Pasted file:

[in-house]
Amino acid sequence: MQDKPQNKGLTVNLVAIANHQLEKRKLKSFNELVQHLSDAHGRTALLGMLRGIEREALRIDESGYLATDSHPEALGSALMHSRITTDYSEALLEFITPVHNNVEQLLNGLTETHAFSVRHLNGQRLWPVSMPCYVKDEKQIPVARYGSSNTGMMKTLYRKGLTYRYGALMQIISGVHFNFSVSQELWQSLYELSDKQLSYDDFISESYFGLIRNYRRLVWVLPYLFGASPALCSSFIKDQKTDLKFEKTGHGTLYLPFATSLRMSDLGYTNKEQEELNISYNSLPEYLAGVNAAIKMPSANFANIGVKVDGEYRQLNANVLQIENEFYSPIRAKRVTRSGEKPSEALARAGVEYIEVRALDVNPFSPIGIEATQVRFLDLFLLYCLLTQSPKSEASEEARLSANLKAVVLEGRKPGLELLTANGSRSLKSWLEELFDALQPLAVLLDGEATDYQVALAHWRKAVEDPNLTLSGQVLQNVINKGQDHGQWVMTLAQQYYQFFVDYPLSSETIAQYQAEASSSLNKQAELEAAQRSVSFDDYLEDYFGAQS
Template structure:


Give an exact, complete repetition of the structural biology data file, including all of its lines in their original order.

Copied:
[in-house]
Amino acid sequence: MQDKPQNKGLTVNLVAIANHQLEKRKLKSFNELVQHLSDAHGRTALLGMLRGIEREALRIDESGYLATDSHPEALGSALMHSRITTDYSEALLEFITPVHNNVEQLLNGLTETHAFSVRHLNGQRLWPVSMPCYVKDEKQIPVARYGSSNTGMMKTLYRKGLTYRYGALMQIISGVHFNFSVSQELWQSLYELSDKQLSYDDFISESYFGLIRNYRRLVWVLPYLFGASPALCSSFIKDQKTDLKFEKTGHGTLYLPFATSLRMSDLGYTNKEQEELNISYNSLPEYLAGVNAAIKMPSANFANIGVKVDGEYRQLNANVLQIENEFYSPIRAKRVTRSGEKPSEALARAGVEYIEVRALDVNPFSPIGIEATQVRFLDLFLLYCLLTQSPKSEASEEARLSANLKAVVLEGRKPGLELLTANGSRSLKSWLEELFDALQPLAVLLDGEATDYQVALAHWRKAVEDPNLTLSGQVLQNVINKGQDHGQWVMTLAQQYYQFFVDYPLSSETIAQYQAEASSSLNKQAELEAAQRSVSFDDYLEDYFGAQS
Template structure: